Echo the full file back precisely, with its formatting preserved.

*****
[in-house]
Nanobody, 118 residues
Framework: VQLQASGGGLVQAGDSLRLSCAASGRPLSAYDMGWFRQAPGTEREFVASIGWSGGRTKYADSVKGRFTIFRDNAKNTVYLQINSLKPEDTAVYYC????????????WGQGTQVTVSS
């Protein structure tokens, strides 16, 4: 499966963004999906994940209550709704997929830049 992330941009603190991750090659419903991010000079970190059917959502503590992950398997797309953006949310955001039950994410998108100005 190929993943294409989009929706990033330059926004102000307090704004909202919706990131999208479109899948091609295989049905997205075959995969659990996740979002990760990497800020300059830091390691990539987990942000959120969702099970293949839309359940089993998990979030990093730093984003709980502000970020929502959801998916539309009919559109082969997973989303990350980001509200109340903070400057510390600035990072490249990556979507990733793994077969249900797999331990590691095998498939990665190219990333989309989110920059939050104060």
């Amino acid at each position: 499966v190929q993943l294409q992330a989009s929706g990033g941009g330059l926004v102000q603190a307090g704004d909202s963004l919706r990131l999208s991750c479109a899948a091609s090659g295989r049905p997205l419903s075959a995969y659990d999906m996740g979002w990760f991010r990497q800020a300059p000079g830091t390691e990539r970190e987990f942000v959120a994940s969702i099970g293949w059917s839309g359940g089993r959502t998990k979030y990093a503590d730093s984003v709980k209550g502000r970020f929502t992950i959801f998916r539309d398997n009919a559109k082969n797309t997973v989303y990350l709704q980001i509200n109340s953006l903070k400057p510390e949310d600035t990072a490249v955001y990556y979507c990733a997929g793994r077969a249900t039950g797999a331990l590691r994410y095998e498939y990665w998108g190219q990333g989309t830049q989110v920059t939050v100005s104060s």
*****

[in-house]
Nanobody, 118 residues
Framework: VQLQASGGGLVQAGDSLRLSCAASGRPLSAYDMGWFRQAPGTEREFVASIGWSGGRTKYADSVKGRFTIFRDNAKNTVYLQINSLKPEDTAVYYC????????????WGQGTQVTVSS
């Protein structure tokens, strides 16, 4: 499966963004999906994940209550709704997929830049 992330941009603190991750090659419903991010000079970190059917959502503590992950398997797309953006949310955001039950994410998108100005 190929993943294409989009929706990033330059926004102000307090704004909202919706990131999208479109899948091609295989049905997205075959995969659990996740979002990760990497800020300059830091390691990539987990942000959120969702099970293949839309359940089993998990979030990093730093984003709980502000970020929502959801998916539309009919559109082969997973989303990350980001509200109340903070400057510390600035990072490249990556979507990733793994077969249900797999331990590691095998498939990665190219990333989309989110920059939050104060």
């Amino acid at each position: 499966v190929q993943l294409q992330a989009s929706g990033g941009g330059l926004v102000q603190a307090g704004d909202s963004l919706r990131l999208s991750c479109a899948a091609s090659g295989r049905p997205l419903s075959a995969y659990d999906m996740g979002w990760f991010r990497q800020a300059p000079g830091t390691e990539r970190e987990f942000v959120a994940s969702i099970g293949w059917s839309g359940g089993r959502t998990k979030y990093a503590d730093s984003v709980k209550g502000r970020f929502t992950i959801f998916r539309d398997n009919a559109k082969n797309t997973v989303y990350l709704q980001i509200n109340s953006l903070k400057p510390e949310d600035t990072a490249v955001y990556y979507c990733a997929g793994r077969a249900t039950g797999a331990l590691r994410y095998e498939y990665w998108g190219q990333g989309t830049q989110v920059t939050v100005s104060s």